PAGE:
On Nov. 4, Floridians will go to the polls and vote on a state constitutional amendment that would legalize marijuana for medical use in the Sunshine State.

Amendment 2 needs 60 percent of the vote to pass. Current average polling indicates 59 percent supporting passage..

There are two arguments to consider: the benefits of medical marijuana itself and the constitutional argument.

Regardless of whether you think marijuana makes for good medicine, constitutionally this issue should be determined at the state level and by the people. The feds lack any authority enforce a prohibition on cannabis.

Skeptical? The feds needed a constitutional amendment for prohibition of alcohol. So, if an amendment was necessary for alcohol, where did the federal government get the power to regulate marijuana?

Despite the federal prohibition of medical marijuana, the people of Florida, not politicians in Washington DC will determine for themselves the proper course of action. This is how federalism is supposed to work and the point of having the 10th Amendment. The mere fact that the vote is taking place is a victory for those who believe in self-rule.

The feds can’t enforce its ban on medical marijuana without help from the state and local law enforcement. They lack the resources. James Madison foresaw this strategy. In Federalist 46, the ‘Father of the Constitution’ gave us a blueprint to follow when the federal government oversteps its bounds. One of the things he recommended was “refusal to cooperate with officers of the Union.” That’s exactly what Florida will do if it passes Amendment 2.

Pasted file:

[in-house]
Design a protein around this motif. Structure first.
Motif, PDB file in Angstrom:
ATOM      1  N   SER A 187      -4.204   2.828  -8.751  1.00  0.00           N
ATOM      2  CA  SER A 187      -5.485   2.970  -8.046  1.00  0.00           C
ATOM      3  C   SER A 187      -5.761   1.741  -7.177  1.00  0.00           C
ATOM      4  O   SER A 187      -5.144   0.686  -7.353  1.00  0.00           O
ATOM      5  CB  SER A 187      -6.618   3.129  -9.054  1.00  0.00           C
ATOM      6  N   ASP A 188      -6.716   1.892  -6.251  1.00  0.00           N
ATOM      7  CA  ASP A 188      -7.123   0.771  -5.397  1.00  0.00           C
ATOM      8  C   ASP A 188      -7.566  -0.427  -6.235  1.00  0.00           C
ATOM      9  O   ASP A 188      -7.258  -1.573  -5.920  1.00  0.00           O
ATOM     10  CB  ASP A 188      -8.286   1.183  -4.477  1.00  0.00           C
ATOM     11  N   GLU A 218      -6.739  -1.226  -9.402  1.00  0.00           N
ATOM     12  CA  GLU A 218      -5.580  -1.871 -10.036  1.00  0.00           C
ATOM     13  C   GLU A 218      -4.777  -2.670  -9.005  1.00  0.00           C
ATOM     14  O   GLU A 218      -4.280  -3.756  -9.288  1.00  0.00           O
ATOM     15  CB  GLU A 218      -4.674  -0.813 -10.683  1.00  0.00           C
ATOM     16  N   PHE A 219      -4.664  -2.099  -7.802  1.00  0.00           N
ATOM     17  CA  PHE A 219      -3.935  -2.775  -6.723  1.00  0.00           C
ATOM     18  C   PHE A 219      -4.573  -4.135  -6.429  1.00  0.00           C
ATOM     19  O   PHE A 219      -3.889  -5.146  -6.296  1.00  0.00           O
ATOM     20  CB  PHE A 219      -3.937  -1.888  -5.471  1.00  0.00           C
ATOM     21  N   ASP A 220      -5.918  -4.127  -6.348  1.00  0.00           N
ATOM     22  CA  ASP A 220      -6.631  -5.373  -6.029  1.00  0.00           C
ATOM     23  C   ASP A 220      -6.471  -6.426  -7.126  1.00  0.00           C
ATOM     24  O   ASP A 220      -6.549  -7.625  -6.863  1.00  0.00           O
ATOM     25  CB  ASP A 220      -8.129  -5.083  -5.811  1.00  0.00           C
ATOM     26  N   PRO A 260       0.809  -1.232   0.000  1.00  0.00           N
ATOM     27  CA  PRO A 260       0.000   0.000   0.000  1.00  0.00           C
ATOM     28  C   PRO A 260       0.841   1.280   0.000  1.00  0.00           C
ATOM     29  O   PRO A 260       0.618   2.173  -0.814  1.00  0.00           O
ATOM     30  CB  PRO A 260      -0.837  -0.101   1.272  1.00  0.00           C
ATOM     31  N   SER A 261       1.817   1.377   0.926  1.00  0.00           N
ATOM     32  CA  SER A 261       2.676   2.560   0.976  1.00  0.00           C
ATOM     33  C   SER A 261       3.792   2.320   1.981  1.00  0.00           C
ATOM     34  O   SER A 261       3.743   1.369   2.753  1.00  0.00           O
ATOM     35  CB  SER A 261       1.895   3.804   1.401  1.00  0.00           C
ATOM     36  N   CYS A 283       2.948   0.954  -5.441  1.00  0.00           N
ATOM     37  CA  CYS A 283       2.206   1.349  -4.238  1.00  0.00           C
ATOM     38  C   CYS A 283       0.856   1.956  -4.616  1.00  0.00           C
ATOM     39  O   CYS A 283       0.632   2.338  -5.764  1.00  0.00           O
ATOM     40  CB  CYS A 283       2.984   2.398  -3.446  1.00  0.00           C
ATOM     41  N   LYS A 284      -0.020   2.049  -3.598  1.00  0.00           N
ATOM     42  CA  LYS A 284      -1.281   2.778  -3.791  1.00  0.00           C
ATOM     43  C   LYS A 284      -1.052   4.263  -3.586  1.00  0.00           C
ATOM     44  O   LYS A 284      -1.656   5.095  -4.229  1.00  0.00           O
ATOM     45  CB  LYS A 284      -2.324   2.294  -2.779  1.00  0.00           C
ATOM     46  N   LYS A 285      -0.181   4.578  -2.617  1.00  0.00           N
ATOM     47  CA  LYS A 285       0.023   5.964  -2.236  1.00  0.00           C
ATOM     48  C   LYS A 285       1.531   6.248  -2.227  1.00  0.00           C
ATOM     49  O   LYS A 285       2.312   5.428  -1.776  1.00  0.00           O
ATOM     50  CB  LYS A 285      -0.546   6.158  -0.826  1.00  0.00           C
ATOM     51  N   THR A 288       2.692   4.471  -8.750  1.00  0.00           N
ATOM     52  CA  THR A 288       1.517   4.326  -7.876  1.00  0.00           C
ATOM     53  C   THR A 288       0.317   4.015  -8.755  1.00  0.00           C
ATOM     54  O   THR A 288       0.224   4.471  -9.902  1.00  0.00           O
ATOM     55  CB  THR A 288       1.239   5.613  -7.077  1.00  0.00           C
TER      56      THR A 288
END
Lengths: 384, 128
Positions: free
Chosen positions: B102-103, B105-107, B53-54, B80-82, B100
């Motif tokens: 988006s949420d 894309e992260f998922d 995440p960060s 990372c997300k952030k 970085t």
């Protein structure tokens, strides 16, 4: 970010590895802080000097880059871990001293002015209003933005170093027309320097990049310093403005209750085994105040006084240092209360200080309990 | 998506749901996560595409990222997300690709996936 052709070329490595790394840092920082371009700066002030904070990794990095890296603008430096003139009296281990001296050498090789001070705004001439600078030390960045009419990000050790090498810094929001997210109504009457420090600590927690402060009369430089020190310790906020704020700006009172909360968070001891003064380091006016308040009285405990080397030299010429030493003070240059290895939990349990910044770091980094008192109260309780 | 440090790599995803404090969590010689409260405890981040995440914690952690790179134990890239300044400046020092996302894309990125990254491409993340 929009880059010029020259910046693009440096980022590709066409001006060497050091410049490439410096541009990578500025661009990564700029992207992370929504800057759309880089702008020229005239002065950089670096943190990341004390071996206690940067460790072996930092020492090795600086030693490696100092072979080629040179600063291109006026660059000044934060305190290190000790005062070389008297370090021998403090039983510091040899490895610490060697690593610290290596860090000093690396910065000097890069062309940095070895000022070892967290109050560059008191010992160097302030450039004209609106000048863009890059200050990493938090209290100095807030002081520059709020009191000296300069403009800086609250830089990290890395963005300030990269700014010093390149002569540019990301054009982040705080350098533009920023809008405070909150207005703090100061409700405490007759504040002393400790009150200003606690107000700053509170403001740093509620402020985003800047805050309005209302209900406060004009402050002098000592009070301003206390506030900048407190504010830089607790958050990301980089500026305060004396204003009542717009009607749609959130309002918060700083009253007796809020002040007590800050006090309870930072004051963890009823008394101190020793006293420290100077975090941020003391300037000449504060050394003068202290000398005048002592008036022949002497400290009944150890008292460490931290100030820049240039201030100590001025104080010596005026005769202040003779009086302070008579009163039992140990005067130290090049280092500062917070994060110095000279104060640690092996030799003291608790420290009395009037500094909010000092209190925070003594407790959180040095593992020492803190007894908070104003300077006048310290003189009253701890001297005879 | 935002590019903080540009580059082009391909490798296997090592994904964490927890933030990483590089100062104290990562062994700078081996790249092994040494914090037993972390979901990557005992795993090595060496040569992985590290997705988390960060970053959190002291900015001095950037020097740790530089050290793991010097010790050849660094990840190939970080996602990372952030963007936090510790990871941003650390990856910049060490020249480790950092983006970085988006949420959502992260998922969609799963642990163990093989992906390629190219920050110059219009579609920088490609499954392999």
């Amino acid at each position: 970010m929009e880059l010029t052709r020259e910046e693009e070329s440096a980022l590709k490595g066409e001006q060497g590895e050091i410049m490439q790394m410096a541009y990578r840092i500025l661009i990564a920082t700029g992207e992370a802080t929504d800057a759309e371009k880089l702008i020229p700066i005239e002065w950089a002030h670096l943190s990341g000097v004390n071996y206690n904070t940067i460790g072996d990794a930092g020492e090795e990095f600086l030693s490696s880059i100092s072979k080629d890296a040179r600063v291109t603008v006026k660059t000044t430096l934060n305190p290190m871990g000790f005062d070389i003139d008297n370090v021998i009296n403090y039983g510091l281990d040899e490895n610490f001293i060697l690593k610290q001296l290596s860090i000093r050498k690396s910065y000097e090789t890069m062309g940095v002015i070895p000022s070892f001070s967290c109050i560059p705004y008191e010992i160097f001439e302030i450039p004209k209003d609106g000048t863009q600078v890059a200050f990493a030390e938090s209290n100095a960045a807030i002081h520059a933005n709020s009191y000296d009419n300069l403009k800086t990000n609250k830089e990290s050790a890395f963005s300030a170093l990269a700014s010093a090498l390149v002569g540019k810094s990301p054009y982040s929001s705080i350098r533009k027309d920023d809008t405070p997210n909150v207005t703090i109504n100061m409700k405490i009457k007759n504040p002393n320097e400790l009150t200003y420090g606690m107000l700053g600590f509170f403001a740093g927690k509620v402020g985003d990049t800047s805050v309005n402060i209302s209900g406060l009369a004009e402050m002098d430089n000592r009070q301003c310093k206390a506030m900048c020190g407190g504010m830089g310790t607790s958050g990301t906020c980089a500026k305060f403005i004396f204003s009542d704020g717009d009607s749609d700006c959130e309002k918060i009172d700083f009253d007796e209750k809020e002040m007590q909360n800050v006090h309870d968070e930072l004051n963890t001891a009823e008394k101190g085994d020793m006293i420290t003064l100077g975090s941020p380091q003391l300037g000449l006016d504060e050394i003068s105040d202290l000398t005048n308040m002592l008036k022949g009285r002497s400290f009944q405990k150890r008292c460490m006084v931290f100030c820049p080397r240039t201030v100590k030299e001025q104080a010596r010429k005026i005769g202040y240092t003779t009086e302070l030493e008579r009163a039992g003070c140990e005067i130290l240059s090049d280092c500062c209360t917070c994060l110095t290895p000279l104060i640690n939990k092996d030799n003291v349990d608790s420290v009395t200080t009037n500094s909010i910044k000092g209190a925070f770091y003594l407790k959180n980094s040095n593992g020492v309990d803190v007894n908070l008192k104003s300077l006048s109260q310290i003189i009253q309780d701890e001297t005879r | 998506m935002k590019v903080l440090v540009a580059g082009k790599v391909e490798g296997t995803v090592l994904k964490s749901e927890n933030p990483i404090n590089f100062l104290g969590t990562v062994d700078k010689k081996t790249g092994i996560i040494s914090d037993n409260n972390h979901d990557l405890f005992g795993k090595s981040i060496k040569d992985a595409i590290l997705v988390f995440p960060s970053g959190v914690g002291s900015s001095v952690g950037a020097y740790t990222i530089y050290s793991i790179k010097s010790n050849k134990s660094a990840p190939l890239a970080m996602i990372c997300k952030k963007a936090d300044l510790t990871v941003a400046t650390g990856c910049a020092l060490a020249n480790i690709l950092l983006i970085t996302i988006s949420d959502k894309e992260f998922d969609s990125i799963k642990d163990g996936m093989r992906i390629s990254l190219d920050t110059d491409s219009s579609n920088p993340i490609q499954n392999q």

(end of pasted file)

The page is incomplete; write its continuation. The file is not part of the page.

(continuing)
Florida could become the 24th state to legalize medical marijuana. As each new state passes medical marijuana will pressure other states to follow suit. Can you imagine the message the feds would receive when number 26th passes medical marijuana? With more than half of the states ignoring the federal prohibition, it would further strip this illegitimate power from the feds.

Defying the federal prohibition on marijuana also sets a precedent that will carry over to other issues. If Florida can buck the feds on weed, it can also buck them on implementing Obamacare, or on enforcing unconstitutional gun laws, or on cooperating with NSA spying.

Approval of Amendment 2 could set the state on a path to more significant victories against unconstitutional federal overreach. Most big wins start with small steps. Medical marijuana could serve as the tip of the spear.

For the tenther, this is the constitutional argument, but what about the issue of medical marijuana itself?

Some people will undoubtedly respond that they cannot support the amendment because they believe in the prohibition of marijuana…period. But prohibitionists who claim fidelity to the Constitution should ask themselves this question: do you value a law against a plant more than proper constitutional order? You really only have three possible options.

1. The status quo – unconstitutional prohibition from the feds on down.

2. Legalize medical marijuana. Constitutional – placing power and control over marijuana at the state level.

3. Well, there really isn’t a three. No other proposal exists.

Legalizing marijuana for medical use would certainly help some patients in Florida. It seems cruel to deny a person relief simply because it comes from a stigmatized plant. It should be difficult for anyone to identify the high road in denying a viable treatment option for a suffering person in order to make a moral statement. But more than that, legalizing medicinal cannabis at the state level strikes a blow to a much more dangerous leviathan – a federal government that absolutely refuses to remain constrained within its constitutionally delegated powers.

A vote for Amendment 2 is, in a very real sense, a much overdue vote for the Constitution.

Concordia res parvae crescunt
Small things grow great by concord...

Tenth Amendment Center




"The powers not delegated to the United States by the Constitution, nor prohibited by it to the States, are reserved to the States respectively, or to the people."



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